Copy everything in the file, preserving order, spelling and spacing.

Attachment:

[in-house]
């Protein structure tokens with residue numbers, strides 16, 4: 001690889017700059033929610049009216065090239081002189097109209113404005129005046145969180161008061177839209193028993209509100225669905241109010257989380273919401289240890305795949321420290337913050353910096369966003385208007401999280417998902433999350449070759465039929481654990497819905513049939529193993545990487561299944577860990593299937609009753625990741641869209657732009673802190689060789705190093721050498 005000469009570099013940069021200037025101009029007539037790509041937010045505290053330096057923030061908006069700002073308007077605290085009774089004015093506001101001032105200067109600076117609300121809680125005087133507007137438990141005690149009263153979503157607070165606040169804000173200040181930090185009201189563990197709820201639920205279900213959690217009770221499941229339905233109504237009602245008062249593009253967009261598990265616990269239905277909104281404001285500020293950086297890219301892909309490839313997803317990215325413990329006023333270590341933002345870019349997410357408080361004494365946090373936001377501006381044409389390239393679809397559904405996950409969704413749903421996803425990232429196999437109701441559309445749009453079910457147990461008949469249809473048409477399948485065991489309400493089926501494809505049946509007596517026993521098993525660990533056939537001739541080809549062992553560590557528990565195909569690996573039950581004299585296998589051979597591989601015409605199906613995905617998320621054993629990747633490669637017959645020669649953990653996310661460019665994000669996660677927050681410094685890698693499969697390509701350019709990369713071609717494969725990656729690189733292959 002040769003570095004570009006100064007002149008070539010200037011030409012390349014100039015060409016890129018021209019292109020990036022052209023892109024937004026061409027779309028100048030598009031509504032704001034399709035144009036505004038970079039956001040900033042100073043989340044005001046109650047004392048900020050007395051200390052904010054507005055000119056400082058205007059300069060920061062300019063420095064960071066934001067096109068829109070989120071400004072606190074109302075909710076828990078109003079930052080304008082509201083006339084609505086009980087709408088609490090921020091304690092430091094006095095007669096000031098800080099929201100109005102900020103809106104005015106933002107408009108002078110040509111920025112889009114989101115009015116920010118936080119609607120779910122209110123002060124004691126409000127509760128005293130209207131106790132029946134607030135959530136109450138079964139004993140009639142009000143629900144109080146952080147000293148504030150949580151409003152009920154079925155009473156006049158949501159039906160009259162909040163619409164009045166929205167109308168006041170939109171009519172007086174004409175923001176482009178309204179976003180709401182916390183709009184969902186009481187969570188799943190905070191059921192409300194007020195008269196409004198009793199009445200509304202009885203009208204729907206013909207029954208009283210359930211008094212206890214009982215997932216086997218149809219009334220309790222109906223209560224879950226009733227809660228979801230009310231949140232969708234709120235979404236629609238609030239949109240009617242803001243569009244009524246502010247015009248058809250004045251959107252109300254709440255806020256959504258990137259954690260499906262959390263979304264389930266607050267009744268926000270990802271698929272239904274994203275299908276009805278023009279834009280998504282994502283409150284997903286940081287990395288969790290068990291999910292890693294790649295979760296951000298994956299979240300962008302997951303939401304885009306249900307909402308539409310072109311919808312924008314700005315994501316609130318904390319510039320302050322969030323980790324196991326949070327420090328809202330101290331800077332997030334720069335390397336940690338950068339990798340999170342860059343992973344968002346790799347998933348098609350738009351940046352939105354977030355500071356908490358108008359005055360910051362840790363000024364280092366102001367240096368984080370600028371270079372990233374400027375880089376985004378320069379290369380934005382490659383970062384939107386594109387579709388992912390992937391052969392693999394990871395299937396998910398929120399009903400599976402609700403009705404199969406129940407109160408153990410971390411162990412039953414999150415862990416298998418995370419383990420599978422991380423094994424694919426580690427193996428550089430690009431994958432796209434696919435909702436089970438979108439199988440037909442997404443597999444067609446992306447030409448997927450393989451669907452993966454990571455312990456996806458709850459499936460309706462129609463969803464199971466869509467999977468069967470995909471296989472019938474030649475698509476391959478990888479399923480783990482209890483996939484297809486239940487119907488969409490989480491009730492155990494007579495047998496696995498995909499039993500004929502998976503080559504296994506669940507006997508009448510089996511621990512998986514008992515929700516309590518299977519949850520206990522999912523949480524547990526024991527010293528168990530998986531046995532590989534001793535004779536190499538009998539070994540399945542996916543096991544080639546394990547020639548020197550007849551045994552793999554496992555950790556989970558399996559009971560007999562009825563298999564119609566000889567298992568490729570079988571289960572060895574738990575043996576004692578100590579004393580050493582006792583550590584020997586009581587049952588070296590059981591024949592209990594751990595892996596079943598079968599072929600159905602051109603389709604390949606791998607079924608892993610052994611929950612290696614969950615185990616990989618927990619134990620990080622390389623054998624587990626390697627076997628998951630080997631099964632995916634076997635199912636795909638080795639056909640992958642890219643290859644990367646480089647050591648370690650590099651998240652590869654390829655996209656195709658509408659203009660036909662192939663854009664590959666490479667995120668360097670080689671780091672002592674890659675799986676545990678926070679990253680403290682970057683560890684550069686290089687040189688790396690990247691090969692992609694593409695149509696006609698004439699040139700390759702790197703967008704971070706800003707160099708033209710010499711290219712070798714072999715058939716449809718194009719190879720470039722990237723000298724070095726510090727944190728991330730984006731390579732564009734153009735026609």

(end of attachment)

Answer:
[in-house]
């Protein structure tokens with residue numbers, strides 16, 4: 001690889017700059033929610049009216065090239081002189097109209113404005129005046145969180161008061177839209193028993209509100225669905241109010257989380273919401289240890305795949321420290337913050353910096369966003385208007401999280417998902433999350449070759465039929481654990497819905513049939529193993545990487561299944577860990593299937609009753625990741641869209657732009673802190689060789705190093721050498 005000469009570099013940069021200037025101009029007539037790509041937010045505290053330096057923030061908006069700002073308007077605290085009774089004015093506001101001032105200067109600076117609300121809680125005087133507007137438990141005690149009263153979503157607070165606040169804000173200040181930090185009201189563990197709820201639920205279900213959690217009770221499941229339905233109504237009602245008062249593009253967009261598990265616990269239905277909104281404001285500020293950086297890219301892909309490839313997803317990215325413990329006023333270590341933002345870019349997410357408080361004494365946090373936001377501006381044409389390239393679809397559904405996950409969704413749903421996803425990232429196999437109701441559309445749009453079910457147990461008949469249809473048409477399948485065991489309400493089926501494809505049946509007596517026993521098993525660990533056939537001739541080809549062992553560590557528990565195909569690996573039950581004299585296998589051979597591989601015409605199906613995905617998320621054993629990747633490669637017959645020669649953990653996310661460019665994000669996660677927050681410094685890698693499969697390509701350019709990369713071609717494969725990656729690189733292959 002040769003570095004570009006100064007002149008070539010200037011030409012390349014100039015060409016890129018021209019292109020990036022052209023892109024937004026061409027779309028100048030598009031509504032704001034399709035144009036505004038970079039956001040900033042100073043989340044005001046109650047004392048900020050007395051200390052904010054507005055000119056400082058205007059300069060920061062300019063420095064960071066934001067096109068829109070989120071400004072606190074109302075909710076828990078109003079930052080304008082509201083006339084609505086009980087709408088609490090921020091304690092430091094006095095007669096000031098800080099929201100109005102900020103809106104005015106933002107408009108002078110040509111920025112889009114989101115009015116920010118936080119609607120779910122209110123002060124004691126409000127509760128005293130209207131106790132029946134607030135959530136109450138079964139004993140009639142009000143629900144109080146952080147000293148504030150949580151409003152009920154079925155009473156006049158949501159039906160009259162909040163619409164009045166929205167109308168006041170939109171009519172007086174004409175923001176482009178309204179976003180709401182916390183709009184969902186009481187969570188799943190905070191059921192409300194007020195008269196409004198009793199009445200509304202009885203009208204729907206013909207029954208009283210359930211008094212206890214009982215997932216086997218149809219009334220309790222109906223209560224879950226009733227809660228979801230009310231949140232969708234709120235979404236629609238609030239949109240009617242803001243569009244009524246502010247015009248058809250004045251959107252109300254709440255806020256959504258990137259954690260499906262959390263979304264389930266607050267009744268926000270990802271698929272239904274994203275299908276009805278023009279834009280998504282994502283409150284997903286940081287990395288969790290068990291999910292890693294790649295979760296951000298994956299979240300962008302997951303939401304885009306249900307909402308539409310072109311919808312924008314700005315994501316609130318904390319510039320302050322969030323980790324196991326949070327420090328809202330101290331800077332997030334720069335390397336940690338950068339990798340999170342860059343992973344968002346790799347998933348098609350738009351940046352939105354977030355500071356908490358108008359005055360910051362840790363000024364280092366102001367240096368984080370600028371270079372990233374400027375880089376985004378320069379290369380934005382490659383970062384939107386594109387579709388992912390992937391052969392693999394990871395299937396998910398929120399009903400599976402609700403009705404199969406129940407109160408153990410971390411162990412039953414999150415862990416298998418995370419383990420599978422991380423094994424694919426580690427193996428550089430690009431994958432796209434696919435909702436089970438979108439199988440037909442997404443597999444067609446992306447030409448997927450393989451669907452993966454990571455312990456996806458709850459499936460309706462129609463969803464199971466869509467999977468069967470995909471296989472019938474030649475698509476391959478990888479399923480783990482209890483996939484297809486239940487119907488969409490989480491009730492155990494007579495047998496696995498995909499039993500004929502998976503080559504296994506669940507006997508009448510089996511621990512998986514008992515929700516309590518299977519949850520206990522999912523949480524547990526024991527010293528168990530998986531046995532590989534001793535004779536190499538009998539070994540399945542996916543096991544080639546394990547020639548020197550007849551045994552793999554496992555950790556989970558399996559009971560007999562009825563298999564119609566000889567298992568490729570079988571289960572060895574738990575043996576004692578100590579004393580050493582006792583550590584020997586009581587049952588070296590059981591024949592209990594751990595892996596079943598079968599072929600159905602051109603389709604390949606791998607079924608892993610052994611929950612290696614969950615185990616990989618927990619134990620990080622390389623054998624587990626390697627076997628998951630080997631099964632995916634076997635199912636795909638080795639056909640992958642890219643290859644990367646480089647050591648370690650590099651998240652590869654390829655996209656195709658509408659203009660036909662192939663854009664590959666490479667995120668360097670080689671780091672002592674890659675799986676545990678926070679990253680403290682970057683560890684550069686290089687040189688790396690990247691090969692992609694593409695149509696006609698004439699040139700390759702790197703967008704971070706800003707160099708033209710010499711290219712070798714072999715058939716449809718194009719190879720470039722990237723000298724070095726510090727944190728991330730984006731390579732564009734153009735026609």